AS­TON MARTIN DB11 V8

Gay­don swaps out twin-turbo V12 for Mercedes-AMG 4.0-litre V8. We find out which is best

Motor (Australia) - - FRONT END. JUST LAUNCHED -

THERE’S AN OLD SAY­ING: it’s not what you’ve got, but what you do with it that counts. It’s not al­ways used in ref­er­ence to cars, but it’s very ap­pli­ca­ble to the As­ton Martin DB11 V8. It’s As­ton’s first model to use an en­gine from its tech­ni­cal part­ner­ship with Mercedes-AMG, and the 4.0-litre twin-turbo V8 from the AMG GT sits un­der that alu­minium clamshell bon­net. Given their lay­out sim­i­lar­i­ties, you could be for­given for think­ing of the DB11 V8 as an An­glo AMG GT, but the two are very dif­fer­ent in char­ac­ter. Part of the rea­son is that As­ton hasn’t just plonked the en­gine in, con­nected the wires and gone to the pub. It’s adapted the M178 to wet-sump lu­bri­ca­tion, changed the en­gine mounts, de­vel­oped be­spoke in­take and ex­haust sys­tems and re­cal­i­brated the ECU soft­ware. The re­sult is a slightly softer, more rounded en­gine char­ac­ter. Un­der full throt­tle there’s a deep roar, but it lacks the hard-edged bark of the AMG and over­run the­atrics are toned down slightly. It’s more vo­cal than the V12, which is in line with As­ton’s in­ten­tion for the DB11 V8 to be more sport­ing with­out los­ing its gen­tri­fi­ca­tion. The 375kW/675Nm V8 gives plenty away to the 447kW/700Nm V12, but a 115kg weight loss means there is lit­tle to choose be­tween the two in raw pace. As­ton claims the V12 is just 0.1sec quicker to 100km/h (3.9sec vs 4.0sec), though it man­ages an extra 22km/h at the top end (322km/h vs 300km/h). On the road it would take a back-to­back test to split them, for af­ter tak­ing a mo­ment to wake the tur­bos, the V8 hits mas­sively hard in the mid-range and revs cleanly to 7000rpm. Another key dif­fer­ence be­tween As­ton and AMG is the for­mer’s use of an eight-speed au­to­matic rather than adopt­ing the GT’s seven-speed du­al­clutch. What­ever it loses in shift speed (not much) is more than com­pen­sated

for in smooth­ness, with the oc­ca­sional lurch on tip-in its only real vice. The pad­dles are beau­ti­ful, too; cool to touch, long enough to pre­vent their fixed lo­ca­tion be­ing an is­sue and very sat­is­fy­ing in their long-throw ac­tion. As­ton used the change in en­gine con­fig­u­ra­tion to, in its words, “ex­plore the more dy­namic side of the DB11’s char­ac­ter”. The 115kg diet helps, which also slightly al­ters the front-to-rear weight distri­bu­tion from 51:49 to 49:51. Most of the chas­sis has come in for at­ten­tion, in­clud­ing re­vi­sions to the springs, dampers, anti-roll bars, bush­ings, ge­om­e­try and ESP, though the wheels and tyres re­main the same as the V12’s. Es­sen­tially, the two cars han­dle quite sim­i­larly, though the V8 is def­i­nitely the most ex­tro­verted of the pair. Whether be­cause of tyre con­di­tion, chas­sis setup or power de­liv­ery – likely a com­bi­na­tion of all three – the V8 is much hap­pier to lose trac­tion than its big­ger brother. It’s still a big, heavy car with a setup bi­ased to­wards grand tour­ing abil­ity rather than out­right dy­namic pre­ci­sion, but its more ex­u­ber­ant han­dling does make it the more fun car to punt hard. The steer­ing is a high­light, but its bal­ance is also im­pres­sive for such a big car; trail the brakes on cor­ner en­try and the rear will gen­tly slide to help point the nose. The penalty for this extra dy­namic abil­ity is an added ride terse­ness. It’s still good, but doesn’t have the same plush­ness as the V12, fre­quently fid­get­ing over small road im­per­fec­tions. It’s this penalty that leaves the V12 as our DB11 of choice, which feels to bet­ter ful­fil the grand tourer brief. Yes, it’s more than $60K dearer, but that’s hardly a deal breaker when you’re talk­ing $400K. If you want a sporty V8 coupe, we’d sug­gest the Mercedes-AMG GT R or, if you want an As­ton, a fully loaded new Van­tage.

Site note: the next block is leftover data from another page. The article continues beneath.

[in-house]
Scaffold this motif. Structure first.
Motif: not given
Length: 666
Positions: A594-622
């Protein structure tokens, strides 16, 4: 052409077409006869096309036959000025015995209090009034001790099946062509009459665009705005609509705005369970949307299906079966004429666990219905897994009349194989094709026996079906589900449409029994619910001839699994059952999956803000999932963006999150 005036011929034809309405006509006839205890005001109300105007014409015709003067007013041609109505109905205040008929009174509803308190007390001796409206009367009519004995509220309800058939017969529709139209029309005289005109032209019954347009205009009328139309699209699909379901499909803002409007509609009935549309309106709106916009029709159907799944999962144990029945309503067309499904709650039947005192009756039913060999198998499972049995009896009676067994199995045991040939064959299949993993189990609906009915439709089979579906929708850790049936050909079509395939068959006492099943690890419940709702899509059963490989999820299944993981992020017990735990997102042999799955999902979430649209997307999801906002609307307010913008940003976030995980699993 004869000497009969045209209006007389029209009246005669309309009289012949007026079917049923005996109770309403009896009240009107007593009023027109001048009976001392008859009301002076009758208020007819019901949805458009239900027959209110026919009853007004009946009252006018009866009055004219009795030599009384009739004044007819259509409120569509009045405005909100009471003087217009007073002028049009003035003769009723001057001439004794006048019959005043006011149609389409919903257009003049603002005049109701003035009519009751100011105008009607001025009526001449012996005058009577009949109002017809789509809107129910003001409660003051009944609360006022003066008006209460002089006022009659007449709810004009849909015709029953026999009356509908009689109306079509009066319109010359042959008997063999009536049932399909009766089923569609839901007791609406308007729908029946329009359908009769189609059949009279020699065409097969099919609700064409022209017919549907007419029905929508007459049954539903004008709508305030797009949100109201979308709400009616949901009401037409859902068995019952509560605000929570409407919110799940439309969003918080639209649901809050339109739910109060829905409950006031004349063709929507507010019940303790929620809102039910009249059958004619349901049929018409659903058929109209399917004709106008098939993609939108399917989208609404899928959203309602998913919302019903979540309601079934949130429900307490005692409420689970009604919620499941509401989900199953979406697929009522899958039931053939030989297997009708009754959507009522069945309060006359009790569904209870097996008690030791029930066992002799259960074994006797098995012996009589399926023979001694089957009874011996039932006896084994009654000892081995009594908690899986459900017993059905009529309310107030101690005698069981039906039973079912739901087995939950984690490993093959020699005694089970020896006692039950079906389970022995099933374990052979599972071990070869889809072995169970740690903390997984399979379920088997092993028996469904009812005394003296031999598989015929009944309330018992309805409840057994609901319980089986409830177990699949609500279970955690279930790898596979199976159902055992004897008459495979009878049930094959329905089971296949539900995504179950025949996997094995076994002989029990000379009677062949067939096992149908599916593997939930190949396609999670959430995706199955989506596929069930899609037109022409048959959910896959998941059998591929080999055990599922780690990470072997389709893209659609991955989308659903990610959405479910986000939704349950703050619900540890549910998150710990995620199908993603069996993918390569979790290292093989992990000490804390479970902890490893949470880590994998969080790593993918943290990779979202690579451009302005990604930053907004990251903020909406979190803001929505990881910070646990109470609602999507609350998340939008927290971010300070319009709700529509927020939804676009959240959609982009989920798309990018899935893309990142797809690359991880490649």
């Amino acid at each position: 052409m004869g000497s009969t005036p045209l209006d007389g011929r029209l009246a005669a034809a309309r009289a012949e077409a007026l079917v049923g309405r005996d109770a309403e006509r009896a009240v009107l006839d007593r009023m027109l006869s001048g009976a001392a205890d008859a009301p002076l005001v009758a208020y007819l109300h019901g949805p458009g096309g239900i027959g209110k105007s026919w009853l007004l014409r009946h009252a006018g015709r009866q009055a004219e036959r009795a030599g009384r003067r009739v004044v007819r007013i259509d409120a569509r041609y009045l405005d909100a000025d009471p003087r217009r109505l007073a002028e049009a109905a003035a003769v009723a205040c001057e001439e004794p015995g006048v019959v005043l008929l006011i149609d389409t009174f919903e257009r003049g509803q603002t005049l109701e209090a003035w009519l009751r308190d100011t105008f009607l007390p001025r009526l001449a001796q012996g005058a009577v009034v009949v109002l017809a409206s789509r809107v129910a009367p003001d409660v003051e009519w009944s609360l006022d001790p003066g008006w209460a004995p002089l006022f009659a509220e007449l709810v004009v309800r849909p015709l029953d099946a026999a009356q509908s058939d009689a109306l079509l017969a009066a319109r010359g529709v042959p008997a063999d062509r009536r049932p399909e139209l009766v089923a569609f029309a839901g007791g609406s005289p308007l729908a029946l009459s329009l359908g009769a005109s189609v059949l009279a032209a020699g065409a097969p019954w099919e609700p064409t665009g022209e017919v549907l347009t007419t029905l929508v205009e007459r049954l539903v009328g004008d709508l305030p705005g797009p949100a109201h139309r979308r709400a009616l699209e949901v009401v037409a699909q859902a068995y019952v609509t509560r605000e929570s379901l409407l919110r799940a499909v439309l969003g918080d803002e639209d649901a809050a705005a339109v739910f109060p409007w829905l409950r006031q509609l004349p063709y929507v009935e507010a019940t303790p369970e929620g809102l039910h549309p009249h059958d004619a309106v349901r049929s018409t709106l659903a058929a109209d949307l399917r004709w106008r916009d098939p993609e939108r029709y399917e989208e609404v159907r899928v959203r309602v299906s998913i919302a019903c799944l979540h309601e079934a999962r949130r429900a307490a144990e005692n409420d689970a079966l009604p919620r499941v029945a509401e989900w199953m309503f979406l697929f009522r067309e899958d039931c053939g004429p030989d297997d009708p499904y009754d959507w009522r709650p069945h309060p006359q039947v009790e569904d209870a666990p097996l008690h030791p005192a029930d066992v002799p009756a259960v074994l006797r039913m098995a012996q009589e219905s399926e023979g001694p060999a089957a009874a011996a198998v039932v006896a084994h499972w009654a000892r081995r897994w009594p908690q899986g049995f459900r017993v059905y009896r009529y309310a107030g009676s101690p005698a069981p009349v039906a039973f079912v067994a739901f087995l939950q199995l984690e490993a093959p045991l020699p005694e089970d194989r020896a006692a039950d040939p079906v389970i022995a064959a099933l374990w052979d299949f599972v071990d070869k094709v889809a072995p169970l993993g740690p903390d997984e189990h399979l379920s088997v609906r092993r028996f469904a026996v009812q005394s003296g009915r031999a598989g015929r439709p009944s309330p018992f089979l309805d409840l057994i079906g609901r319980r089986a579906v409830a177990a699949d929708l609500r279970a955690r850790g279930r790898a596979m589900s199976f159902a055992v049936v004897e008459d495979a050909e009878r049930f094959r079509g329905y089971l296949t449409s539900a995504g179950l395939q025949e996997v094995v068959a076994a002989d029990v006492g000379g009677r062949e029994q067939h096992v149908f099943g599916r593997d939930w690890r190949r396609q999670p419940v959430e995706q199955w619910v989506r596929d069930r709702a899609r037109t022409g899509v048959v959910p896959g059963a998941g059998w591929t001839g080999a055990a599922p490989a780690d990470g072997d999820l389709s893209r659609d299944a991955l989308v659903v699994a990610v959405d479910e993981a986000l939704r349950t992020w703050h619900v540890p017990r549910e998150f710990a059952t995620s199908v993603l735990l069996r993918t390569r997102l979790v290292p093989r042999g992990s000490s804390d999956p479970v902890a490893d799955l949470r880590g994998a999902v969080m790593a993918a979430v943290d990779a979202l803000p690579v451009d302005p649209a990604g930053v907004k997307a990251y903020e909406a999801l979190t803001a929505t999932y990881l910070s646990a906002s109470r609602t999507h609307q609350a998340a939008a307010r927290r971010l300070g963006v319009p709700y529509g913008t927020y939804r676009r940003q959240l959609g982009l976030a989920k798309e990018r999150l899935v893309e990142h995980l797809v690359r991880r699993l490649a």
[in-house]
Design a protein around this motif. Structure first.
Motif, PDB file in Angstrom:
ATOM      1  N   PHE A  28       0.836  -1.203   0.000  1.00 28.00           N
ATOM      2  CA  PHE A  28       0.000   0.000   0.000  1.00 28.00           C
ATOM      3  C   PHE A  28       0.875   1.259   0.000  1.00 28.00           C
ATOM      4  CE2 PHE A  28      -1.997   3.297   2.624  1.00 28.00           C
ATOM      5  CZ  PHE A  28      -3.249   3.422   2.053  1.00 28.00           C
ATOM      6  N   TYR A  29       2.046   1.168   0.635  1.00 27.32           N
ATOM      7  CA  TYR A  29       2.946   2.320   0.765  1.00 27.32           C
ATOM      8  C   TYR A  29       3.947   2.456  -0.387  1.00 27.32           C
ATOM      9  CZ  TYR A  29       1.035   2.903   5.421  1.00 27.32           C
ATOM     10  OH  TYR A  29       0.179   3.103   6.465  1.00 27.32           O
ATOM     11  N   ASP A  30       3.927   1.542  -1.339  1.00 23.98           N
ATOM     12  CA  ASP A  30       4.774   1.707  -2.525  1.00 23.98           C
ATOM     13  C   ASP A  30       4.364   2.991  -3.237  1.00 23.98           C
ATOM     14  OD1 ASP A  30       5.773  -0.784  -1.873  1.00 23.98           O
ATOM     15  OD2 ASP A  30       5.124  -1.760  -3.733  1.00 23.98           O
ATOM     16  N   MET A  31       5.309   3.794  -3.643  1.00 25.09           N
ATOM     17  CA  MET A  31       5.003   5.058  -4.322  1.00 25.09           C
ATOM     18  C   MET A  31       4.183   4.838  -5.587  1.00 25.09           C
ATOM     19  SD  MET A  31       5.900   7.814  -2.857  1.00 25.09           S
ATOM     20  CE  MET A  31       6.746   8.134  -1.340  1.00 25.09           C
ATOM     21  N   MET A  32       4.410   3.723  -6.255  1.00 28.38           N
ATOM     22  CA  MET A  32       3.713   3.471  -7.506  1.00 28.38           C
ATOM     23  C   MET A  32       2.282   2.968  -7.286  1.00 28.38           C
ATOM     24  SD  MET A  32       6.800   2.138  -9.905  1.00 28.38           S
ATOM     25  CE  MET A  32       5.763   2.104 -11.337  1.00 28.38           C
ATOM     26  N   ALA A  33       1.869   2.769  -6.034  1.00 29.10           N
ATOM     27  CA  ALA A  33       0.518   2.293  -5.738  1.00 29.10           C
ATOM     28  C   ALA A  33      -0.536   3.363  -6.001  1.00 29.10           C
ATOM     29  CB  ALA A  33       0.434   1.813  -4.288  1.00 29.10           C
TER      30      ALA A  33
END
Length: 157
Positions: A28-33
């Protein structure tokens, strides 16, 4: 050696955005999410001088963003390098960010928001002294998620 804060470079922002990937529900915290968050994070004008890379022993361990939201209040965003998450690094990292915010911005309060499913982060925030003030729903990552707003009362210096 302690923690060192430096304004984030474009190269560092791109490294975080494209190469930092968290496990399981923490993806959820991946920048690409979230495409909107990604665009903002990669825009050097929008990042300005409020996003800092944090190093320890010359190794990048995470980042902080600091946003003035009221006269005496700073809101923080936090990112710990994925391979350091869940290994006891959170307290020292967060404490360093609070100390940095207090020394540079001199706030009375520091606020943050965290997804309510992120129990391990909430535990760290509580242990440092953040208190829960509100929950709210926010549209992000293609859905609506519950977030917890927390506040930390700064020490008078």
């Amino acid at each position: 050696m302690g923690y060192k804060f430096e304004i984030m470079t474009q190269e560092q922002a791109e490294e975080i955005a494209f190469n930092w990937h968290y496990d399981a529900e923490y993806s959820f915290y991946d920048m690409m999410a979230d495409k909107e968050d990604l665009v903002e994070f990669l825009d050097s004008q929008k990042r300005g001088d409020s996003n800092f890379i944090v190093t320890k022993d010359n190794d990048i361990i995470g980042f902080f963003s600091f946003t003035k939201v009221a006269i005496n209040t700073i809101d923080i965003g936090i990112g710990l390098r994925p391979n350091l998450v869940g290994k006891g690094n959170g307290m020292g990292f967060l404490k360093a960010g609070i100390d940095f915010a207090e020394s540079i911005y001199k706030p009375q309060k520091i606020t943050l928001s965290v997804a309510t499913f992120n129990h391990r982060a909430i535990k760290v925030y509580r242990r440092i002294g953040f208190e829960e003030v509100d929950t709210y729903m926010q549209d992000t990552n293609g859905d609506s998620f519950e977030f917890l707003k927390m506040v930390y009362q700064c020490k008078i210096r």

AF­TER WAK­ING UP THE TUR­BOS, THE V8 HITS MAS­SIVELY HARD IN THE MID-RANGE AND REVS CLEANLY TO 7000RPM

ABOVE Lighter, but with less power than the twin-tubo V12, DB11 V8 is al­most as quick, but lacks ride re­fine­ment

LEFT Blues power. DB11 may not have the plush ride of its V12 big brother, but there’s no lux­ury spared in the gorgeous in­te­rior

BE­LOW DB11 is first As­ton to get an AMG en­gine, but the Brits changed it to wet-sump lu­bri­ca­tion, re­cal­i­brated the ECU, and toned down over­run crackle

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